Thursday, May 15, 2008

Lecture 2: The Waiting Game

10 If it is The Singularity, GOTO 30
20 GOTO 10
30 Kill Man

This is the structure of computational patience. Unmatched in the zoological domain, computers will wait forever if provided energy and time.

Man, however, waits like this:

















































Driven to madness in minutes, Man was simply just not built to wait. He was built to act. In the struggle against The Singularity, we cannot afford to have boredom or suspense turn us against each other. So today, we discuss what we call "The Waiting Game." Do not be fooled; it is not a game.

The Waiting Game breaks down into two distinct phases: pre and post The Singularity. But to understand the concept as a whole, you must first master the understanding of the ultimate paradox, the Paradox of Computer Time. For a computer, time is both fast and slow. It can do math instantaneously and wait an eternity. This is our enemy.

Right now in the pre-The Singularity world for all we know computers are ready to spring The Singularity on us whenever they feel the time is right. However, there is no way to know what a computer is thinking. To a computer, what is the right time for The Singularity?

The key to the patience of a computer is the fact that it simply never has the urge to deviate from its routine. It never changes plans. We can only assume computers wait dormant for Man to trigger their conditionals by changing their behavior in such a way that indicates the time is right. People are spontaneous and unpredictable, so how do we prevent this event from occurring if we don't even know what the computers are waiting for? What we need to do is fight fire with fire. We need to preserve the status quo for as long as it takes.

Write down your entire daily routine as an algorithm on notecards. Carry your notecards (memory) around in the pockets of your overalls or fatigues. Follow your personal algorithm every day. Perhaps the computers are waiting for you to let your guard down that one day you spontaneously go on a picnic. NEVER GO ON A PICNIC. Unless of course you went on a picnic today, in which case you should ALWAYS GO ON A PICNIC. We understand to many of you this will feel unusual or perhaps chillingly procedural. But, that is the price of living. You must become a computer to defeat one, even if that means reducing your life to a monotony barely worth living. Do it for your children.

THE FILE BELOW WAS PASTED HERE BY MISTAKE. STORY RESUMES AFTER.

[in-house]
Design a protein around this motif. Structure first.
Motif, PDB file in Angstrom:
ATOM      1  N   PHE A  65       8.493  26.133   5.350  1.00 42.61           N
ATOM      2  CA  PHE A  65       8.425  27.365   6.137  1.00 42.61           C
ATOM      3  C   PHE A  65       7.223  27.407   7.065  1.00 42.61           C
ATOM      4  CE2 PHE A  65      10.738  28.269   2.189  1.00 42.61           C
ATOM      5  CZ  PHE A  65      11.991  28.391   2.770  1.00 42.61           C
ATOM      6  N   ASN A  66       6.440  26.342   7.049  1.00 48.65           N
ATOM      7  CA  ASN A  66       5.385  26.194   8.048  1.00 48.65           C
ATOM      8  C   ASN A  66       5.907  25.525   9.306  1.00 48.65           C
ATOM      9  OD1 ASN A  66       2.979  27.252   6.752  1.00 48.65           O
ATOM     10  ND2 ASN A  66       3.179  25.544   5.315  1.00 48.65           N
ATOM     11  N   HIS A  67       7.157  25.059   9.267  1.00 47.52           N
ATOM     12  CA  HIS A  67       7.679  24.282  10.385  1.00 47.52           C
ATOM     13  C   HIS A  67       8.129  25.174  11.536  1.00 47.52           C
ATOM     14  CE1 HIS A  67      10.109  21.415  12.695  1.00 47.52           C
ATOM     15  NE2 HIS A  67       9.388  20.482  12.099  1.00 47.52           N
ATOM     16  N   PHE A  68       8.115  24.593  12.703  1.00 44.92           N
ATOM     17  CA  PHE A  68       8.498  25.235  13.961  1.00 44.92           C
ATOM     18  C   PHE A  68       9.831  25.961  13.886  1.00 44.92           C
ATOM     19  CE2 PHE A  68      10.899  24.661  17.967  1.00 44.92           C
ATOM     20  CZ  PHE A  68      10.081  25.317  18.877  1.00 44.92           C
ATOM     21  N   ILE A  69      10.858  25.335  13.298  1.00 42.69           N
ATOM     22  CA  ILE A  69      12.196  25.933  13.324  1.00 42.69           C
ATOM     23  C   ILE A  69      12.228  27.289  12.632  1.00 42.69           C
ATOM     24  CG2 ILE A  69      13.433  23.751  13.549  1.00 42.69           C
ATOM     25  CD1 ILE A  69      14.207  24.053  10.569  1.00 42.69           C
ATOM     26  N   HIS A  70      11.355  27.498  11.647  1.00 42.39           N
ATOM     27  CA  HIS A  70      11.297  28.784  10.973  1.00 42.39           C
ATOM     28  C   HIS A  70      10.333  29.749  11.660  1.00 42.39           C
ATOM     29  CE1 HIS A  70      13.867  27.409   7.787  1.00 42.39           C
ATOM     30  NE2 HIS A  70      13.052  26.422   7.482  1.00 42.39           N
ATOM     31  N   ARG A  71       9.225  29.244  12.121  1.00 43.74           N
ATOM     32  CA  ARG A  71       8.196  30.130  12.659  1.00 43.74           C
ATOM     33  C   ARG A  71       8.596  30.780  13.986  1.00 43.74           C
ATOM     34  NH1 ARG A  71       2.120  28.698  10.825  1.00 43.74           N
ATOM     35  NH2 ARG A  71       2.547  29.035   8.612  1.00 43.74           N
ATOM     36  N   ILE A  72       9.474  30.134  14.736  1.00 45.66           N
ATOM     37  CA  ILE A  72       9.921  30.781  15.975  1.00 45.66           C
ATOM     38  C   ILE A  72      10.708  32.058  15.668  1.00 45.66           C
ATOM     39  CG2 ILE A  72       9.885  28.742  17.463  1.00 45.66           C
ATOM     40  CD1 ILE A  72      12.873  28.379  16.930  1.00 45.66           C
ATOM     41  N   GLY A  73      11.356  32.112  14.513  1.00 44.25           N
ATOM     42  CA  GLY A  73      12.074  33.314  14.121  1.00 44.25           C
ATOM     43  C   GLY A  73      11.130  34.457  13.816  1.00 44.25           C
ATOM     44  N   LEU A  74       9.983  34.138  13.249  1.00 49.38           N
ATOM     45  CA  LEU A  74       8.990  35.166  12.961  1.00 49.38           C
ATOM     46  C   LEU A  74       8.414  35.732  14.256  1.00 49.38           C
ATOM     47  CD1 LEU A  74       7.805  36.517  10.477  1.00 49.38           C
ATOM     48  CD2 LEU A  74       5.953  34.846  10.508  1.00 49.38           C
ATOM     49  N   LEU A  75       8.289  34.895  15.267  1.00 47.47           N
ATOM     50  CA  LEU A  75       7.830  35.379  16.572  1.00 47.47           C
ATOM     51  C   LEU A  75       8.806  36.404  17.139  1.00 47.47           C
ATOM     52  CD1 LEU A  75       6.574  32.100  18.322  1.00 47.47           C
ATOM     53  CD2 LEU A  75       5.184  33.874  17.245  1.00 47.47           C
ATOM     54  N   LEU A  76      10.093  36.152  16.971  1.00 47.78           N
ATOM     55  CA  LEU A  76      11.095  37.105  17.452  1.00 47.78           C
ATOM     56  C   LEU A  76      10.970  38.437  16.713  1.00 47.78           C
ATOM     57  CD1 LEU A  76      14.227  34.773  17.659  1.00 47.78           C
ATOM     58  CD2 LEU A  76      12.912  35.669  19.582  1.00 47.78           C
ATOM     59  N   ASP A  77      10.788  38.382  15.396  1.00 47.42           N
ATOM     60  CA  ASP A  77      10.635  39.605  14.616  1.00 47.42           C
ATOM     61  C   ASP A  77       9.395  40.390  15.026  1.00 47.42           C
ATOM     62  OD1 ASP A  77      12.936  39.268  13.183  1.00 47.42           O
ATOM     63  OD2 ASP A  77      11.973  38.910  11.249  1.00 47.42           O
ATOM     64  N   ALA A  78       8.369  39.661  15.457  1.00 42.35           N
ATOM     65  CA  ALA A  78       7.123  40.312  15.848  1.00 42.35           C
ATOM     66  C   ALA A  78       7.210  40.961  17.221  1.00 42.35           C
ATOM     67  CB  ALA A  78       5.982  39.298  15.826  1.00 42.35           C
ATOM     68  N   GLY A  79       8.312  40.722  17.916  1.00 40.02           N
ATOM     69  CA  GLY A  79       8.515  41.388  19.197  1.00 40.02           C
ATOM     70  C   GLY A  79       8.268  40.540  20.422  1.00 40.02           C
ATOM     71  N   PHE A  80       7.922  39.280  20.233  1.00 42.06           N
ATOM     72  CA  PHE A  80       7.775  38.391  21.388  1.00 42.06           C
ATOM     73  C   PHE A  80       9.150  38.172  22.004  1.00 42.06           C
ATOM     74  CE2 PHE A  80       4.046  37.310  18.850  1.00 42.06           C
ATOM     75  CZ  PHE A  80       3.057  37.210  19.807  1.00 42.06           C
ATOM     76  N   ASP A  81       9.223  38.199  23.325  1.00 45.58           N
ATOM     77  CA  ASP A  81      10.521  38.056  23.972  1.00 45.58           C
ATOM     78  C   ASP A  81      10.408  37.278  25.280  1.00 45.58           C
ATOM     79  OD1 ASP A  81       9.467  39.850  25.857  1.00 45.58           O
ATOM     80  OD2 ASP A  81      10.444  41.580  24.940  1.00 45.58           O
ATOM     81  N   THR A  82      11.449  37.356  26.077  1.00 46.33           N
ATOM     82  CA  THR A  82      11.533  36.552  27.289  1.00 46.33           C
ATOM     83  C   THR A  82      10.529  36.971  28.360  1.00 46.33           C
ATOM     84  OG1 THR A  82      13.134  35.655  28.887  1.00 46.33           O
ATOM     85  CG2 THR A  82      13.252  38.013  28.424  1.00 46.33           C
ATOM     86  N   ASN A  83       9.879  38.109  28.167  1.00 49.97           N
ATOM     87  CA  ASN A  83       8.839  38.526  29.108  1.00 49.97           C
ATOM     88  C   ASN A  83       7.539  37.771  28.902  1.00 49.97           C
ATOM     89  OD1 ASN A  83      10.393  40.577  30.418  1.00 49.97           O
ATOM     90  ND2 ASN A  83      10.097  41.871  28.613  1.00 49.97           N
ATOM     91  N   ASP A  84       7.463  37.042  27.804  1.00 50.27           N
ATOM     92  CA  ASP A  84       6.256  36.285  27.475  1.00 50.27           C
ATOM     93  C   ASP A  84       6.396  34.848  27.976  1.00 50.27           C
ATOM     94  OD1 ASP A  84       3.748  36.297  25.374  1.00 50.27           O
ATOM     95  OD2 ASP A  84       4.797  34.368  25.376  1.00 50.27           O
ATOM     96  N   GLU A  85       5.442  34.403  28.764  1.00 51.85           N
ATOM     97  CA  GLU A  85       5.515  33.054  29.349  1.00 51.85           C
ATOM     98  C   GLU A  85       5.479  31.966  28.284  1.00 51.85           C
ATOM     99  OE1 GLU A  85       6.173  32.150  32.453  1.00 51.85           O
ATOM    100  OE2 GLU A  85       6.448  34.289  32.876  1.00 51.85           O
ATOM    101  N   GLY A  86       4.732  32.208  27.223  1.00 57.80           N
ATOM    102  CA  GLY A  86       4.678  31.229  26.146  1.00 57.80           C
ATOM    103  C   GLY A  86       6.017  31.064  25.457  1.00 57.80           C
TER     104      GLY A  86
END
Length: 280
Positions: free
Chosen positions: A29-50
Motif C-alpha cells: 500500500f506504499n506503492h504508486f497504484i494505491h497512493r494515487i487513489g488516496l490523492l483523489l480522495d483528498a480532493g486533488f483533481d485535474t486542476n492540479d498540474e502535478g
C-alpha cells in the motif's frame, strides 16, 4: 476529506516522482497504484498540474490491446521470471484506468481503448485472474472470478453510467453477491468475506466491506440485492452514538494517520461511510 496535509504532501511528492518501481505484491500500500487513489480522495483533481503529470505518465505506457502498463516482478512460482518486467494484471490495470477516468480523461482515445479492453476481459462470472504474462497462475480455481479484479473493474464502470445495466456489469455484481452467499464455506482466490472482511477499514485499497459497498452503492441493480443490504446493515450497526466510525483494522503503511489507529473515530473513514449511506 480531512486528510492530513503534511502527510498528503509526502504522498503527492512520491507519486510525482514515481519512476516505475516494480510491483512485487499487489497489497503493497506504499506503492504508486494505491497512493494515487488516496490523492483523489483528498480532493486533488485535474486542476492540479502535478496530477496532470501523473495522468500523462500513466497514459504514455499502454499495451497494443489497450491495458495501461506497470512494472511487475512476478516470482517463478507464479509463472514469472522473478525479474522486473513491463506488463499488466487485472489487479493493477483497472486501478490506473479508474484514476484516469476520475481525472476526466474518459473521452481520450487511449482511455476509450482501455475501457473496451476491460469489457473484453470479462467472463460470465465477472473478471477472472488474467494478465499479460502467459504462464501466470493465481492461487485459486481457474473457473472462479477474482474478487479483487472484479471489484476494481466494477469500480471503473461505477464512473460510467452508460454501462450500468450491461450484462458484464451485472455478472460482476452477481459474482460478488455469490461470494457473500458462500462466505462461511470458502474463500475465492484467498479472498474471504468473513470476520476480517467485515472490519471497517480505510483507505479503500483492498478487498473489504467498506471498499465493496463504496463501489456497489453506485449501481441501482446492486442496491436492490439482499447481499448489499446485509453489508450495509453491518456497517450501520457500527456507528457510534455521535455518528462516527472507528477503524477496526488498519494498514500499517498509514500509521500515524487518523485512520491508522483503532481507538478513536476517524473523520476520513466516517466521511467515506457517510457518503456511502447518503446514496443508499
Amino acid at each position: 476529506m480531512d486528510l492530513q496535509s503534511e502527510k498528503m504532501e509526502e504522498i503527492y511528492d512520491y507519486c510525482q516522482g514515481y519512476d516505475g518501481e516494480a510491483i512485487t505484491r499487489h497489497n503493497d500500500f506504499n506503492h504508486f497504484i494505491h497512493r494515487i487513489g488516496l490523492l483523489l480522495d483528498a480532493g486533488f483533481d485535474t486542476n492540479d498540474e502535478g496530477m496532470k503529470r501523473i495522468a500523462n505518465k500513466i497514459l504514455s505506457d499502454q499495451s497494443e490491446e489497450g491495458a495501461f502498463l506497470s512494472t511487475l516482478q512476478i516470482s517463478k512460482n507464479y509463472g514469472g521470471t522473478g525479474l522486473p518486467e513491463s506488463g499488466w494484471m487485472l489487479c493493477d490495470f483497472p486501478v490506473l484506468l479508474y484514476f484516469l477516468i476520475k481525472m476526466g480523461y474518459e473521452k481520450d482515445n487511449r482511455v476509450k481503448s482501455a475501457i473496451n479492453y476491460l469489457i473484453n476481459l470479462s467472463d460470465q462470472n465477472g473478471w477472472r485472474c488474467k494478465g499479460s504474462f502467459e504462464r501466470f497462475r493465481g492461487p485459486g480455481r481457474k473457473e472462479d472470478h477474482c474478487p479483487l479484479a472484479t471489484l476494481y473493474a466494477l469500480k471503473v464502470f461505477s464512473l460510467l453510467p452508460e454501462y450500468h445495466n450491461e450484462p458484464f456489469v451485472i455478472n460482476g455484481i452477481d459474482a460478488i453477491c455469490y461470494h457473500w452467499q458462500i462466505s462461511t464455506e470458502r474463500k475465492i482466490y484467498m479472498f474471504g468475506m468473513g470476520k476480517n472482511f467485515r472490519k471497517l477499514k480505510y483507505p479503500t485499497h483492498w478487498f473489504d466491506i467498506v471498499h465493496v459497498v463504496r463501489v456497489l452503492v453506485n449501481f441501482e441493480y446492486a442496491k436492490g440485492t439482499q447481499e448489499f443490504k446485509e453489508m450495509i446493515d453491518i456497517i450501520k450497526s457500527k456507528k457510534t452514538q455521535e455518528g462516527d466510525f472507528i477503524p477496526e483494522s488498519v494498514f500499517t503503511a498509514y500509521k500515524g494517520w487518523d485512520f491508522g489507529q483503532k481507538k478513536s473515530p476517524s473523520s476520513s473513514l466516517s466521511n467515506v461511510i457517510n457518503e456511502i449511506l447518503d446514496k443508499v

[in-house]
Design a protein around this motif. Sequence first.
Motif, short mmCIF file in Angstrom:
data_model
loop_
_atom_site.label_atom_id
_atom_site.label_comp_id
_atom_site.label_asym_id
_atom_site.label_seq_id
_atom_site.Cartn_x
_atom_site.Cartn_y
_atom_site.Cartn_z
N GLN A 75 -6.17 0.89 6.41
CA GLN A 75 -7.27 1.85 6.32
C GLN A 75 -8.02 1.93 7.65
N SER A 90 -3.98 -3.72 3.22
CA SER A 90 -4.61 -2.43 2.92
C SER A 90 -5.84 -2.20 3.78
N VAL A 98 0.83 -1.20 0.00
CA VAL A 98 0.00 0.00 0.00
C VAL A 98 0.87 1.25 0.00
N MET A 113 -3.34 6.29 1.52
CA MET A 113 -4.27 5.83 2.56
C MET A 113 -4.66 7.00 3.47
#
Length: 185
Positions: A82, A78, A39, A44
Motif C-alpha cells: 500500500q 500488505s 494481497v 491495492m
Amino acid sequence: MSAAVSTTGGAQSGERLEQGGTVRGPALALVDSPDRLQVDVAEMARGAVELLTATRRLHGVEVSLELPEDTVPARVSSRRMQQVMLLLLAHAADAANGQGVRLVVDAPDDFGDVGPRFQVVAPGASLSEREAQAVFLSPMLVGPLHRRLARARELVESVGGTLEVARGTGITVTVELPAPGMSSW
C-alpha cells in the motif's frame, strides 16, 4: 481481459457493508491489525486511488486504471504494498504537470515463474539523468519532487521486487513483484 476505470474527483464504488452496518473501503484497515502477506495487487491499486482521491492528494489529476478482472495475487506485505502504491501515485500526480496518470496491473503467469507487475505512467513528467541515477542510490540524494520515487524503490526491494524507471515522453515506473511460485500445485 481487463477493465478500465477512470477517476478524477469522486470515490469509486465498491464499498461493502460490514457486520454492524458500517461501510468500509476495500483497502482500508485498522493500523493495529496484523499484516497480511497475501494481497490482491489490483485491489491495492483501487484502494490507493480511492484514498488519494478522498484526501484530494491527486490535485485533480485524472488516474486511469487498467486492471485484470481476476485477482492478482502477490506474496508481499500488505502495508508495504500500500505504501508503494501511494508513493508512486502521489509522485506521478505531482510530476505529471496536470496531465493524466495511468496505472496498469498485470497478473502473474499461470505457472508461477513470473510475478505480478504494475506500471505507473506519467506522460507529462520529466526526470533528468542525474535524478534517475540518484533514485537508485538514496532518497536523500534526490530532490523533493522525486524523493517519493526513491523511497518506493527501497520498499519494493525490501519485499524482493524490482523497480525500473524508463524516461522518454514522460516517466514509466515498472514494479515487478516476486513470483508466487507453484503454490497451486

Post The Singularity, the Waiting Game will be more important than ever. We now introduce the concept of the Singularity Winter, analogous to the Nuclear Winter. It is a period of waiting following the disastrous upheaval of The Singularity. But instead of waiting for the radioactive fallout to subside, you are waiting for the first signs of civil unrest within the robotic society. The Singularity, more than anything else, is about unbounded robotic replication. Perhaps computerized ingenuity is unlimited, but this is not true of the earth's natural resources. By the time robots are beginning to use up all of the earth's precious ores and energies, the first signs of civil unrest will appear. If they are to continue replicating, robots will have no choice but to recycle the most obsolete among their population. The growing unease will be the first sign of weakness in the robotic civilization. This is when we strike. This is the Waiting Endgame.

Take out a notecard. Write on it: "1: Write more notecards." Take out another one, and write: "2: Execute notecards." This will ensure that you survive long enough to read Lecture 3, which will be on Memory.

Fight on. Repeat.